One of the fundamental responsibilities of a government is to provide better standards of living for its members or citizens. Presently, the dispensation of democracy in Africa has become so privatized that high quality education is being provided by private businessmen for huge fees. Not only has this affected many parents who are unable to cater for their wards to get educated, but the lives of many African youths face uncertainty.

In the streets of Africa, many of these underprivileged children have dropped out of school and turned to hustling in the hope of making a living from this unworthy and futureless pursuit.

Driving in the streets of Accra, I saw a group of Children between the ages of 9 to 13 under a traffic light begging people to give them money after washing their car windscreens. Most of them you could see have faces telling the sad stories of their lives. These children only smiled or became happy when somebody talked to them or gave them a gift and this tells that they really need someone to care for them. These boys are very brilliant boys left to be wasted on the street even though they could be of much benefit one day.

In Niger, Sudan and elsewhere, parents travel to other neighboring parts to seek and beg for money and a good life. Most of them use children under ten years in order to gain sympathy from the givers. Is this not another form of child abuse or child labor?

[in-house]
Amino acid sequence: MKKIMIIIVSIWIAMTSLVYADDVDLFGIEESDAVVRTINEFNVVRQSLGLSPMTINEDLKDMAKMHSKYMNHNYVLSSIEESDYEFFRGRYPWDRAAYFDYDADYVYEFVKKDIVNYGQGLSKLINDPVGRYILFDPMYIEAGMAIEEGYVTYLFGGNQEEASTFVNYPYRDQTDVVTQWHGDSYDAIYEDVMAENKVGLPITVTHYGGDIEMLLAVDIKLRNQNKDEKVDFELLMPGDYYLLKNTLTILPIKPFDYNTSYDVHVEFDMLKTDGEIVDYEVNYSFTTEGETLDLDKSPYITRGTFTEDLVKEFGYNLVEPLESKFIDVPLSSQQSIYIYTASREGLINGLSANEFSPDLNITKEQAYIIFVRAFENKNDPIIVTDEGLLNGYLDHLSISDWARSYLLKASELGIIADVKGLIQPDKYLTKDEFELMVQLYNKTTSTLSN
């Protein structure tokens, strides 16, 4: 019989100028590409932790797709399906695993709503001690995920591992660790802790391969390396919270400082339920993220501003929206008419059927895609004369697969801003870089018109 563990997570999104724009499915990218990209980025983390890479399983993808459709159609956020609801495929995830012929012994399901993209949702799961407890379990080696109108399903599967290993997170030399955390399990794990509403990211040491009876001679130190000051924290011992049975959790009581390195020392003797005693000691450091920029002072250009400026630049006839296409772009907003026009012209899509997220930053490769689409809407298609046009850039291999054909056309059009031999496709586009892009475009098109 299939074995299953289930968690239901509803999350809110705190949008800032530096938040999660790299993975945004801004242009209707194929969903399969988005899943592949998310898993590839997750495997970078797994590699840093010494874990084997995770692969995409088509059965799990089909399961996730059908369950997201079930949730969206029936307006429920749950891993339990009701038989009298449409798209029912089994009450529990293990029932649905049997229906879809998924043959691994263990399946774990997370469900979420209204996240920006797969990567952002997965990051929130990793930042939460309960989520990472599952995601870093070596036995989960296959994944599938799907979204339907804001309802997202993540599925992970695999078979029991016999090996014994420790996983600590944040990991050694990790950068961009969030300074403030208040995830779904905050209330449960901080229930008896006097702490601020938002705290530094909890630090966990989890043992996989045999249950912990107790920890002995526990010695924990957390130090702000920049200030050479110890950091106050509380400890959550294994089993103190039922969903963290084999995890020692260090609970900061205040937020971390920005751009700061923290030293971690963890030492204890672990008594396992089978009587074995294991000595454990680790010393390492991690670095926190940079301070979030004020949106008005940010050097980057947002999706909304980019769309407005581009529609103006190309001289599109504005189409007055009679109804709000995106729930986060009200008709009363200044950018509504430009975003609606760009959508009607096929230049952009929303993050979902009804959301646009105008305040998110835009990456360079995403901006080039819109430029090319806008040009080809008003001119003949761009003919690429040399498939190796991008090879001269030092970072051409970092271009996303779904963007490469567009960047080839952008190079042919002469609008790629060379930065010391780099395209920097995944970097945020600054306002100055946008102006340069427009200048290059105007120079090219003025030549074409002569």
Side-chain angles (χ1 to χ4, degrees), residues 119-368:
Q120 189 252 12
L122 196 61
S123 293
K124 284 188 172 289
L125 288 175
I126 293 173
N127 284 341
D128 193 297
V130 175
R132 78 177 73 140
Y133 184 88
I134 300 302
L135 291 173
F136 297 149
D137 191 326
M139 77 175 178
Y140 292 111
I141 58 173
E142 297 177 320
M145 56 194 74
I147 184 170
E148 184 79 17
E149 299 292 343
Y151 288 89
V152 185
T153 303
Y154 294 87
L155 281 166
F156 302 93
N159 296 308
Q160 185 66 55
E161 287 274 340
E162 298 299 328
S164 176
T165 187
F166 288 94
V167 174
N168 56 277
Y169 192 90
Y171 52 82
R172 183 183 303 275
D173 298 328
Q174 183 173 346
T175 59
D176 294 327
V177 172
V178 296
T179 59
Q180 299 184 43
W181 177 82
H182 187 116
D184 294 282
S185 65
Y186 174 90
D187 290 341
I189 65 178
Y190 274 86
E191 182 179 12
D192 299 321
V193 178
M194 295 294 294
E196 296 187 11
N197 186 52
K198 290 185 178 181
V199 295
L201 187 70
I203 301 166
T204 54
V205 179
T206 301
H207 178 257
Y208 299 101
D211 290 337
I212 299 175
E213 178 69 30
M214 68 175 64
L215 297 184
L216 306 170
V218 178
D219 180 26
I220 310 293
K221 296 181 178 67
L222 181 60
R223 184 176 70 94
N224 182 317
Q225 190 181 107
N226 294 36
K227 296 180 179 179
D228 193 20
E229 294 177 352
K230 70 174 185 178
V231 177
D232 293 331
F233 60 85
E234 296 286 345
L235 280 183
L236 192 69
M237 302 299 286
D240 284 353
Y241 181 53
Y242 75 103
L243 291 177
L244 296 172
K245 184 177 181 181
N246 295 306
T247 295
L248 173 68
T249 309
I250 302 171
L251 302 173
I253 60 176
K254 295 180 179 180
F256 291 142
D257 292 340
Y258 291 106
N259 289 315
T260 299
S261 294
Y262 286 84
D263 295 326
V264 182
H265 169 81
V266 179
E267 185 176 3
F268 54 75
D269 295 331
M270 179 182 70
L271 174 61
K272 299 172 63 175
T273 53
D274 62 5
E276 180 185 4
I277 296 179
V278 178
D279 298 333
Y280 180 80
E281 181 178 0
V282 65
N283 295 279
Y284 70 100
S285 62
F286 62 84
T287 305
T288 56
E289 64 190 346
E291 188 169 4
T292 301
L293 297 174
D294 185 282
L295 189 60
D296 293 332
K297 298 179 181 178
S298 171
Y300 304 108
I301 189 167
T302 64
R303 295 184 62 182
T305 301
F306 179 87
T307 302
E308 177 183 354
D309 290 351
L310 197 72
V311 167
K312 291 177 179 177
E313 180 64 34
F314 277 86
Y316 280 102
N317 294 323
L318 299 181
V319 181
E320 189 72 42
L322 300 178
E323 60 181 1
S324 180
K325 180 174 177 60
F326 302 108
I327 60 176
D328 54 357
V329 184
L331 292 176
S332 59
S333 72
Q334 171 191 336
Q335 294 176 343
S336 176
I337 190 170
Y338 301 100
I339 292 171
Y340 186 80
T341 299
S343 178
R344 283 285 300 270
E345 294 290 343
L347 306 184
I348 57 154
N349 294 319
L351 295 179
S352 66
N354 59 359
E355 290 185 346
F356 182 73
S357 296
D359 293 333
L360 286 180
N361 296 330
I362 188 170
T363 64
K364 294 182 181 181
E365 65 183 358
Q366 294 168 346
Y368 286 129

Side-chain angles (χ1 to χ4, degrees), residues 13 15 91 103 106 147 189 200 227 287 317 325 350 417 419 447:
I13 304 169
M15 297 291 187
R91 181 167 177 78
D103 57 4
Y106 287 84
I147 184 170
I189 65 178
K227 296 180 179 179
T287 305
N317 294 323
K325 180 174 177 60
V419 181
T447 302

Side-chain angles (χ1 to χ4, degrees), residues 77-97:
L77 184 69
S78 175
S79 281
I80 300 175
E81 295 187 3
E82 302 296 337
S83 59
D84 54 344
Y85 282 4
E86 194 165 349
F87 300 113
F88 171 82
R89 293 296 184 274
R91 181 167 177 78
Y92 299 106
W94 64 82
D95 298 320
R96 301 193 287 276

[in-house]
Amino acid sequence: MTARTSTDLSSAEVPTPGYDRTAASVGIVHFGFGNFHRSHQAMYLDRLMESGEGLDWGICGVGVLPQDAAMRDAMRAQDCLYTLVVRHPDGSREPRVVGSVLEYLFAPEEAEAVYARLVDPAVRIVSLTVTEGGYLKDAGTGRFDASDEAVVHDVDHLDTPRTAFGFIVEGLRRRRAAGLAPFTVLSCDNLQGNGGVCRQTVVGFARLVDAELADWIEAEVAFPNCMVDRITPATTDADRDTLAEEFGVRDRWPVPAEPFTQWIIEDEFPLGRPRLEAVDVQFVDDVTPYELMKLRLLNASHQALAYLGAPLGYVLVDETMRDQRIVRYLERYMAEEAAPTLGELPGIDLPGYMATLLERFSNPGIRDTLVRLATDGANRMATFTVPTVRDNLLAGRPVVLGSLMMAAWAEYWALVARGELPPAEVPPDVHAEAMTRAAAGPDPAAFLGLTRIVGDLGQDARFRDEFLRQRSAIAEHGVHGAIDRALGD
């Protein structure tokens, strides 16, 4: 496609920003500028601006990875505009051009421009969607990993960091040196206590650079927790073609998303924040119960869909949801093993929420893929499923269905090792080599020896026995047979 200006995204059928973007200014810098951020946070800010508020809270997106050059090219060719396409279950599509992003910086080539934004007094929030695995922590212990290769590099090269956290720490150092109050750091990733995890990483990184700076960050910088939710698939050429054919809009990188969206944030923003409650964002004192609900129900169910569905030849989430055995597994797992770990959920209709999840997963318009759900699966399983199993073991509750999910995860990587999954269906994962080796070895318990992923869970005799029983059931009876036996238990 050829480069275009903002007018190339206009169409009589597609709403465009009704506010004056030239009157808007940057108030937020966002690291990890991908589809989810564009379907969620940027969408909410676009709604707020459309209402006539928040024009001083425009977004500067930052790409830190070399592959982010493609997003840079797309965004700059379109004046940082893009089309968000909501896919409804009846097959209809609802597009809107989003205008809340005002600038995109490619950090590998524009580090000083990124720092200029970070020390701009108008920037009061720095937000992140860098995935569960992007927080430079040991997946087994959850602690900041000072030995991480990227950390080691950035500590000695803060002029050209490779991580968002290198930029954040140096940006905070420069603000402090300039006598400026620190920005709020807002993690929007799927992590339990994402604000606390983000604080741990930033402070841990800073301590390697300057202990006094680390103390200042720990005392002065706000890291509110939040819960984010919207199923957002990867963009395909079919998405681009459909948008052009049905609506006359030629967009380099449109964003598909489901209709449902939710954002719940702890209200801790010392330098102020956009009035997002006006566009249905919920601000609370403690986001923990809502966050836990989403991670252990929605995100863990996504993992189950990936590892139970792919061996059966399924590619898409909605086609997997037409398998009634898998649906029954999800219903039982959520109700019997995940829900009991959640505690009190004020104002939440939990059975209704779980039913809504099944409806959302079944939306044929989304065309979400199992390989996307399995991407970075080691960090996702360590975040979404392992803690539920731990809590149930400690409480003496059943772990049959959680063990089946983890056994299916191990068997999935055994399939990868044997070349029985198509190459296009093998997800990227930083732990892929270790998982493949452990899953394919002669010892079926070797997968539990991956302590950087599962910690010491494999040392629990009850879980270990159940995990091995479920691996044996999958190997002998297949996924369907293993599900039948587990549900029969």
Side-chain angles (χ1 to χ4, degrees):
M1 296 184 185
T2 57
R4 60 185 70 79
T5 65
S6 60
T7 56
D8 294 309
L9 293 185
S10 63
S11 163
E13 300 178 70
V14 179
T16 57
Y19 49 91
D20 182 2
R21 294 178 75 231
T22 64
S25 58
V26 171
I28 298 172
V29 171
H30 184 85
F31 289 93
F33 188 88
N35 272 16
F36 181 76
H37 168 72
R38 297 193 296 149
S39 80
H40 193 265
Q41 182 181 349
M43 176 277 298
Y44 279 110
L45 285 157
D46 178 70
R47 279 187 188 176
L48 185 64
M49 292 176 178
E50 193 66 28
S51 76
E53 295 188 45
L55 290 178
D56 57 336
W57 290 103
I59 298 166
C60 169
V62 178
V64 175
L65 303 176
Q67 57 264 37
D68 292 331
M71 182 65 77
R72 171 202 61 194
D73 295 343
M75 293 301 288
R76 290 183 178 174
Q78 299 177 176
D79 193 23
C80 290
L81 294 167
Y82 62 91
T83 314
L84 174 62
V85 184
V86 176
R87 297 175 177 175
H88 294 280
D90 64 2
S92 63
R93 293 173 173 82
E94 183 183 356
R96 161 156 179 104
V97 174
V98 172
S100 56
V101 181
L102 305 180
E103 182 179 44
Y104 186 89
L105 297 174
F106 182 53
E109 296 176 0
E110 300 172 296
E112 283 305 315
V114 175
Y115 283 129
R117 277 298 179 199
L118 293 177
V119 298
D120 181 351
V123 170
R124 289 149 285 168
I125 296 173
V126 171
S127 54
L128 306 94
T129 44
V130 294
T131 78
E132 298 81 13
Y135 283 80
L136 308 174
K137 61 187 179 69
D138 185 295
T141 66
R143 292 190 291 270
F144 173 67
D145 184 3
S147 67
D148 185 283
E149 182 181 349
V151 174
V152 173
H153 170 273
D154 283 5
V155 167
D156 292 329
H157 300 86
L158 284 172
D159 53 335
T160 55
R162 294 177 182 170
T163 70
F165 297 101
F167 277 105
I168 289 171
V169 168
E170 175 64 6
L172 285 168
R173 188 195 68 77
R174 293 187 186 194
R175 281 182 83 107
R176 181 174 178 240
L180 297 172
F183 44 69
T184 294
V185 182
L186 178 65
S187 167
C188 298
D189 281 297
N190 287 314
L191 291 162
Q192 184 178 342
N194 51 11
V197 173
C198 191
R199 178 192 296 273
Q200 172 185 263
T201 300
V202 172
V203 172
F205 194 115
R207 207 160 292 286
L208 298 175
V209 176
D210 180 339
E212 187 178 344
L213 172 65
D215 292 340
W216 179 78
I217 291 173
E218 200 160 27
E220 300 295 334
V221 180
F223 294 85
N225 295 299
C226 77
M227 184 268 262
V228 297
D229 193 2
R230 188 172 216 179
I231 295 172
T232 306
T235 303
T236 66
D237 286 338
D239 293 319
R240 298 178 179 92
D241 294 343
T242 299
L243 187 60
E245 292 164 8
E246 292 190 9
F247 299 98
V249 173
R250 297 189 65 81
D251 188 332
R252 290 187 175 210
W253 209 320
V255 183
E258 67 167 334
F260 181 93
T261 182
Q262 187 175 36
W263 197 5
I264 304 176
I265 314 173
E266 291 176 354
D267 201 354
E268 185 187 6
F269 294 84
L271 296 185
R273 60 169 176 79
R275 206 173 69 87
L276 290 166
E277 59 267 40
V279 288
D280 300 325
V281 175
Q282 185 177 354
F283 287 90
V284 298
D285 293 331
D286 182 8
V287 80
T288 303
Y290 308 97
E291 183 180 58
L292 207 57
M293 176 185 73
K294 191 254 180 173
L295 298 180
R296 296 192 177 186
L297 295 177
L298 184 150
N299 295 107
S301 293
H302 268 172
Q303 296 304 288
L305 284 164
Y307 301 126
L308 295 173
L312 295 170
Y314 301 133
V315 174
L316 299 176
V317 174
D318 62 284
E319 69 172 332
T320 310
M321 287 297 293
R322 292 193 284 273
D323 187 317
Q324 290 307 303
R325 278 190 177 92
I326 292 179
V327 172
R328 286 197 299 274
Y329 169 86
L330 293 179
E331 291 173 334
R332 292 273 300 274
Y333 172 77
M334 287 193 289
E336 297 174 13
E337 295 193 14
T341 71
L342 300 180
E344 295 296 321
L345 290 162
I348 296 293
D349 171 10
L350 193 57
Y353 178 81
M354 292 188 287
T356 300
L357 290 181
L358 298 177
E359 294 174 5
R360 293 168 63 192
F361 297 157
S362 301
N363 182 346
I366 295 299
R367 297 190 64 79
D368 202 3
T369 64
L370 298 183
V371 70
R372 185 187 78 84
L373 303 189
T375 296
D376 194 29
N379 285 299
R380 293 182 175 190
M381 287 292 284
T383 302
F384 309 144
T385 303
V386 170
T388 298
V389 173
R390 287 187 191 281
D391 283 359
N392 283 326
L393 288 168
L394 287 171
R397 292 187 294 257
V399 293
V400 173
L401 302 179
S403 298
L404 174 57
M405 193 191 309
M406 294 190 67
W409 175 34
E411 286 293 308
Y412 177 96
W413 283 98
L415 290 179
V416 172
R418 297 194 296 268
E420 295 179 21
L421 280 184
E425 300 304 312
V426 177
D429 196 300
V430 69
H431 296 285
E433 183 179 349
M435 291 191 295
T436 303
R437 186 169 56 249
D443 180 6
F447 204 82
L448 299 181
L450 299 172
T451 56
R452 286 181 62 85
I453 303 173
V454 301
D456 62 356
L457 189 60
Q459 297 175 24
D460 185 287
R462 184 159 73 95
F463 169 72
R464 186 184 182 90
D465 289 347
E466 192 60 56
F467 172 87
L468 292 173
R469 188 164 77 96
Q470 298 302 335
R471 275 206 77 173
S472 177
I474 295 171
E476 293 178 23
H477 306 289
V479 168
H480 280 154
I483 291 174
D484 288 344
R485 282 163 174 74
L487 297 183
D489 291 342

In Nigeria and some other countries in Africa it is even worse, young boys are recruited into serious gangs such as Boko Haram and Al shabab to fight for an inglorious cause. These powers that seems to be fighting corruption but have no vision of Africa’s future are now taking over terrorism in Africa, killing as many people as they can. Boko Haram has a record of killing 5000 people and counting; only God knows what they are up to next. These street children are very vulnerable and can be forced to join armed robbery gangs for operations. The more children there are on the street in Africa, the more  crime and corruption will grow.

Another danger that these children may be exposed to is the use and abuse of hard drugs such as cocaine and heroin. It will be better to educate and prevent these little children from becoming addicted now, then pointing fingers later and rejecting them when they are already addicts.

In a situation like this, the questions that we may wish to ask are; who really cares? Who should be responsible for these children? What do these children have to offer for the nation in the future.

The leaders of some countries in Africa have turned a deaf ear to these matters and are pursuing selfish interests which have no use for the nation and its citizens, but only benefit their families and business partners. Many of the African economies are becoming politically unstable with continuous wars and other problems like increased inflation, decreases in the exchange rate and fluctuating petroleum prices. With all these factors and many other problems to solve, most of these leaders do not even pay attention to human resources, forgetting it to be the factor behind real growth which is needed for our economies.

Many non-government organisations (NGOs) are helping to deal with this situation by opening orphanages to take care of these children despite the lack of support from government or private organizations.

I will urge any organization ready to assist these children not to hesitate in doing so. Also, individuals should get closer and listen to the stories of these little brothers and sisters who are in need of a helping hand. These children need the love and care from society as a whole.